Times are changing in the stock market. Previously, when you dealt in the stock market, you would ask for the advice of a professional who would usually take a commission after every successful trade. With the growing expansion of online technology and information, individuals no longer need the advice from professionals and can begin to dabble in stocks from their laptop, solo.
However, although this may seem appealing at first, you need to know what you’re doing before you jump in start throwing money at the computer. When it comes to trading stocks, one of the most overlooked aspects is orders and order type. There a lot of different orders and they all server a specific purpose. Kind of like a tool, such as a hammer or saw.
What is a Stock Market Order?
A stock market order is something that is placed when you trade a stock. In order to trade a stock, you need to place an “order” and there are different variations. As with the example above, orders are suited for specific purposes and shouldn’t be misused. This is why understand why order types there are and how you can use them is very important if you want profit from the stock market.
This article will go through the different order types and will explain how you can use them properly to your money making advantage. The most common are market and limit orders.
A market order is very simply and is one of the most common orders in stock trading. This is an order to buy or sell a stock at the best price possible immediately. This is for the trigger-happy traders who want to do business fast and easy. This order will guarantee that the stock will buy/sell but you don’t have control over the price.
When you place a market order to buy a stock, you will pay close to the asking price. If you sell a stock through market order, you will pay close to the posted bid. It should be noted that you may not pay the last-traded price of a stock when executing a market order. Some markets change rapidly so the price you pay will also fluctuate.
A limit order is also a common order to make. This allows the trader to set a price at which they’re willing to trade for the stock. For example, a trader can set a limit of $12 for a stock and that will be the amount they wish to buy/sell it. They will not buy or sell it for any less than $12 because that is their set limit.
When to Use Limit/Market Orders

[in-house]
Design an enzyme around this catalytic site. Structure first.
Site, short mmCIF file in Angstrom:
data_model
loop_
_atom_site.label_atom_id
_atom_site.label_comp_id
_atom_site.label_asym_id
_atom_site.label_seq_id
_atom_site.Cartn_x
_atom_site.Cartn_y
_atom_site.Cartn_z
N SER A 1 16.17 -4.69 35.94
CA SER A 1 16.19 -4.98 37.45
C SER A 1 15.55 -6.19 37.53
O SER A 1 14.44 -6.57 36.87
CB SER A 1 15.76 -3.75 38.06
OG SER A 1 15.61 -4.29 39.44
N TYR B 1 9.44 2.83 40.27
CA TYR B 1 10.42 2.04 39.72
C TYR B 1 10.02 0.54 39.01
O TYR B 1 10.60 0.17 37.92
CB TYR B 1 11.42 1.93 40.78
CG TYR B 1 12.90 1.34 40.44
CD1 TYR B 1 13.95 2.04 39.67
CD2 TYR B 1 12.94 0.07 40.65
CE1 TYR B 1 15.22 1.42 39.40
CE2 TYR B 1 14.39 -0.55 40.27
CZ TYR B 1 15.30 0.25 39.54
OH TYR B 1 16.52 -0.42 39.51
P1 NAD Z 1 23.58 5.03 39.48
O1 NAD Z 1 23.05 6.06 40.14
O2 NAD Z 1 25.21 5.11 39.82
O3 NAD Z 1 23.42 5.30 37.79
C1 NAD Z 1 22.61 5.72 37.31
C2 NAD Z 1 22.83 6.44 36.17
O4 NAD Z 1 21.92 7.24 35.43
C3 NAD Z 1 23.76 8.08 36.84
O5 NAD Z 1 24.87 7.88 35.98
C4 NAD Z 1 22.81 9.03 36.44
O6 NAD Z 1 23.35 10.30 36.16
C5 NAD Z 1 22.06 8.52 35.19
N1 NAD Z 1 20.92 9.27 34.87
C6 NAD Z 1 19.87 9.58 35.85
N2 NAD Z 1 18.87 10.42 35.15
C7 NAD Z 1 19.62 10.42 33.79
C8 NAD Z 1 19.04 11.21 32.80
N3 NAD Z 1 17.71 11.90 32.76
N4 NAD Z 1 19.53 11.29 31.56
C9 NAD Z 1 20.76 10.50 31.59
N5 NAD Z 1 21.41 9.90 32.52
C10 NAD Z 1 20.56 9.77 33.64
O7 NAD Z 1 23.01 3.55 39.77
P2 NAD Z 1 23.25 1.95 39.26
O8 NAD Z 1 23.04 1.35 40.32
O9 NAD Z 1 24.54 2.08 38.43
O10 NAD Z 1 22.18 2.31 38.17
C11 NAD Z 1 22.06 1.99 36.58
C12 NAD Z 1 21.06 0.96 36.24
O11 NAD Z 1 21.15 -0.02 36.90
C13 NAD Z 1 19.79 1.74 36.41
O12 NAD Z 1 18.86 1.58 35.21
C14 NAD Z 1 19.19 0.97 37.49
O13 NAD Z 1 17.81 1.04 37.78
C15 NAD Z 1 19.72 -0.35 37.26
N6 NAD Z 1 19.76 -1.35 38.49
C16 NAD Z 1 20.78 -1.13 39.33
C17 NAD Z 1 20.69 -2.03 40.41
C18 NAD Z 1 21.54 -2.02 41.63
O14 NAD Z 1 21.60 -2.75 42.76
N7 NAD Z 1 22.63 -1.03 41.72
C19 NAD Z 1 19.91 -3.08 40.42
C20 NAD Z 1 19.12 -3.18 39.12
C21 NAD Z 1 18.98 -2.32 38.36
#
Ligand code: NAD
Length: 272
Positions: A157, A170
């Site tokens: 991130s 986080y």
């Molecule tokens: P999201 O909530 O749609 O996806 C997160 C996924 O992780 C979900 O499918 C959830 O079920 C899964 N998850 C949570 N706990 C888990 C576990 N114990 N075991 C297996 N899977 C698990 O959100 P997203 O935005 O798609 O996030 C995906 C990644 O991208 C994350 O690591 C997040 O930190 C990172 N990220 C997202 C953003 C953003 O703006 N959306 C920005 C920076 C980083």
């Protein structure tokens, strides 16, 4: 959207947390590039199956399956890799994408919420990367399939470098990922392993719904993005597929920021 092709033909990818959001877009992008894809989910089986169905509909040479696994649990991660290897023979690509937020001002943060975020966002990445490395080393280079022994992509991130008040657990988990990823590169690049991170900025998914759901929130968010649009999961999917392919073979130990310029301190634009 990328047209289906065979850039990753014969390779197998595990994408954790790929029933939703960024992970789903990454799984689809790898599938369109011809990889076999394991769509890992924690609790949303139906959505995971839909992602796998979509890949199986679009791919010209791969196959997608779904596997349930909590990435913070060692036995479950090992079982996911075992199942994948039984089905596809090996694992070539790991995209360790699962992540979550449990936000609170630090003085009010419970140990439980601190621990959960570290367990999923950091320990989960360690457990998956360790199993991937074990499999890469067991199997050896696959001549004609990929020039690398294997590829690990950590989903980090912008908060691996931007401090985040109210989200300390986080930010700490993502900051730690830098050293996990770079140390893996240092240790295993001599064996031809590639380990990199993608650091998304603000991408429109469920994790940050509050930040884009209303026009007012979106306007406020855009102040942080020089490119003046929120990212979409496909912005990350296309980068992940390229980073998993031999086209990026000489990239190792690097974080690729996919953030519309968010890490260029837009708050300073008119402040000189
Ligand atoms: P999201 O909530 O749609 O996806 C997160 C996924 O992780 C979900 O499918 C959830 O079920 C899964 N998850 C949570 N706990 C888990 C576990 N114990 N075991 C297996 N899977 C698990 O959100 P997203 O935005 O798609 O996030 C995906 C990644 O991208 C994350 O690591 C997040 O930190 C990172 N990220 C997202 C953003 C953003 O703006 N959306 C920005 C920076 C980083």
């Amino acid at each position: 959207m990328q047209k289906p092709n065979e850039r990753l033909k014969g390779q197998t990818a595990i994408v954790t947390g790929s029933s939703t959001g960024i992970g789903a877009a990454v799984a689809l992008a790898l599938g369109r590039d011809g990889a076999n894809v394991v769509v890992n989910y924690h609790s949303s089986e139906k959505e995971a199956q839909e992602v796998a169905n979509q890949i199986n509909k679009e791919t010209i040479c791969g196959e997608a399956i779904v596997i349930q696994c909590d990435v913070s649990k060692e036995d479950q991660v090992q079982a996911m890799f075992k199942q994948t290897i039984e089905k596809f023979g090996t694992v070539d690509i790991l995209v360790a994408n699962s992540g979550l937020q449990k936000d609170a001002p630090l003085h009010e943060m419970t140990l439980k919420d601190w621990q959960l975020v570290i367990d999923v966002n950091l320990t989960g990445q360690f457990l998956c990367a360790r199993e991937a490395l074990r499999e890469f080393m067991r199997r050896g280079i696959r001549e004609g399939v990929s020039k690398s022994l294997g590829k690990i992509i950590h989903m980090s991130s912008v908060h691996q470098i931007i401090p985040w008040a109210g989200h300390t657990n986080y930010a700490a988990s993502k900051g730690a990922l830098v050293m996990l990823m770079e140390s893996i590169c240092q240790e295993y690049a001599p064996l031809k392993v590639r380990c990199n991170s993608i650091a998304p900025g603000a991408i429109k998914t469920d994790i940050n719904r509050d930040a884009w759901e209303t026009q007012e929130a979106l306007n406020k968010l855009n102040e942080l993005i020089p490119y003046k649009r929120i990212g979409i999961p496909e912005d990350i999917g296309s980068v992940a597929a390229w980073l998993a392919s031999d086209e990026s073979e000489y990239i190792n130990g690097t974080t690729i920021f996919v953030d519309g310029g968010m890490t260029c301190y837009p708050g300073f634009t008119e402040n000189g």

It will depend on the commission rates that your brokerage provides for these kinds of orders. In most cases, the two balance each other out. Market orders normally have a lower commission but you’re less likely to get the best price, whereas, limit orders are more likely to get a better price but the commission is higher. The use of these orders will be situational.
Other Order Types
- Stop orders – These are useful orders that allow you to place an inactive order that becomes active when a stock passes a certain price. Once the stock becomes a certain price the stop order becomes a market order. This is useful if you’re going to be away from the computer for a few days.
- All or none (AON) – This one is often used with penny stocks. This order allows you to get all the stock you requested or none of it at all. This means that you can request 3000 shares when there’s only 2000 available.
- Good till Canceled (GTC) – This allows you to set time restrictions on certain orders. With a GTC, you can leave an order open until you decide to cancel it.
- Day orders – If you do not set a time restriction on your orders, the order will stay open for about a day before expiring.
There are various orders you can use on the stock market and they all have different purposes. It is important that you know how to use them if you are to have some success with your trades. After are the most common trades used in the industry and are great starting points for beginners. The main ones are market and limit orders and their use will be determined on the commission given by your brokerage.